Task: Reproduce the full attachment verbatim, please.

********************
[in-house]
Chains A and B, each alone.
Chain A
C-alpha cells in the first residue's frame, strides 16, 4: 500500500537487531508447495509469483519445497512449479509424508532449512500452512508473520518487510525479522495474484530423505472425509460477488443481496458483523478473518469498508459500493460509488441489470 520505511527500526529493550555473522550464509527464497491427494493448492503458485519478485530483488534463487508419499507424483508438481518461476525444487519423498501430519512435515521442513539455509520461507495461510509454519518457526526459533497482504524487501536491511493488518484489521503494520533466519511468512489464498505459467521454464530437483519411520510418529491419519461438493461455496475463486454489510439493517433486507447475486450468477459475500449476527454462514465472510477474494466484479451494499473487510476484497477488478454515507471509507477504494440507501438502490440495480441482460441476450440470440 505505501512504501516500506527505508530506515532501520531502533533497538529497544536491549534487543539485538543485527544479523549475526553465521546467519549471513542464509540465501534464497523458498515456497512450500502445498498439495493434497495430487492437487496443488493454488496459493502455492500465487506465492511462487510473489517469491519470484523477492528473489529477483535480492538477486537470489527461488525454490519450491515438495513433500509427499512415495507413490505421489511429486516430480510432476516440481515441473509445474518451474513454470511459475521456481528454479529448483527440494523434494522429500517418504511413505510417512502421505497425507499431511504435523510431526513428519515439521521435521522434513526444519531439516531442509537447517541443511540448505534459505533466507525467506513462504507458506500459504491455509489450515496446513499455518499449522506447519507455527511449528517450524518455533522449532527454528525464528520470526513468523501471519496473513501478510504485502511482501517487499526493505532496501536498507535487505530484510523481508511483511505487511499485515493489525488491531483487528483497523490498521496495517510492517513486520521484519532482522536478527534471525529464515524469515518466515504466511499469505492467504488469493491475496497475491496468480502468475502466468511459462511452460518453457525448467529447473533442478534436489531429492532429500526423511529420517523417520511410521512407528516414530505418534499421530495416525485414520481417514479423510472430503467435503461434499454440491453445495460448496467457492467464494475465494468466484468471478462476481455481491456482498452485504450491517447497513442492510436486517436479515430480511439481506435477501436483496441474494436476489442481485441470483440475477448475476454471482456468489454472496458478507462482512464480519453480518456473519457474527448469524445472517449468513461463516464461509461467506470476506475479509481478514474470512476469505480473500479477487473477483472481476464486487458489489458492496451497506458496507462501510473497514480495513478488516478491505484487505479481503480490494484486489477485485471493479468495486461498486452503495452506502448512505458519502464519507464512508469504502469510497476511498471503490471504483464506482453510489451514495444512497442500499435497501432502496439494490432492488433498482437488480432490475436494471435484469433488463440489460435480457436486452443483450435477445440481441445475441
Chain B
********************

[in-house]
Chains A and B, each alone.
Chain A
C-alpha cells in the first residue's frame, strides 16, 4: 500500500537487531508447495509469483519445497512449479509424508532449512500452512508473520518487510525479522495474484530423505472425509460477488443481496458483523478473518469498508459500493460509488441489470 520505511527500526529493550555473522550464509527464497491427494493448492503458485519478485530483488534463487508419499507424483508438481518461476525444487519423498501430519512435515521442513539455509520461507495461510509454519518457526526459533497482504524487501536491511493488518484489521503494520533466519511468512489464498505459467521454464530437483519411520510418529491419519461438493461455496475463486454489510439493517433486507447475486450468477459475500449476527454462514465472510477474494466484479451494499473487510476484497477488478454515507471509507477504494440507501438502490440495480441482460441476450440470440 505505501512504501516500506527505508530506515532501520531502533533497538529497544536491549534487543539485538543485527544479523549475526553465521546467519549471513542464509540465501534464497523458498515456497512450500502445498498439495493434497495430487492437487496443488493454488496459493502455492500465487506465492511462487510473489517469491519470484523477492528473489529477483535480492538477486537470489527461488525454490519450491515438495513433500509427499512415495507413490505421489511429486516430480510432476516440481515441473509445474518451474513454470511459475521456481528454479529448483527440494523434494522429500517418504511413505510417512502421505497425507499431511504435523510431526513428519515439521521435521522434513526444519531439516531442509537447517541443511540448505534459505533466507525467506513462504507458506500459504491455509489450515496446513499455518499449522506447519507455527511449528517450524518455533522449532527454528525464528520470526513468523501471519496473513501478510504485502511482501517487499526493505532496501536498507535487505530484510523481508511483511505487511499485515493489525488491531483487528483497523490498521496495517510492517513486520521484519532482522536478527534471525529464515524469515518466515504466511499469505492467504488469493491475496497475491496468480502468475502466468511459462511452460518453457525448467529447473533442478534436489531429492532429500526423511529420517523417520511410521512407528516414530505418534499421530495416525485414520481417514479423510472430503467435503461434499454440491453445495460448496467457492467464494475465494468466484468471478462476481455481491456482498452485504450491517447497513442492510436486517436479515430480511439481506435477501436483496441474494436476489442481485441470483440475477448475476454471482456468489454472496458478507462482512464480519453480518456473519457474527448469524445472517449468513461463516464461509461467506470476506475479509481478514474470512476469505480473500479477487473477483472481476464486487458489489458492496451497506458496507462501510473497514480495513478488516478491505484487505479481503480490494484486489477485485471493479468495486461498486452503495452506502448512505458519502464519507464512508469504502469510497476511498471503490471504483464506482453510489451514495444512497442500499435497501432502496439494490432492488433498482437488480432490475436494471435484469433488463440489460435480457436486452443483450435477445440481441445475441
Chain B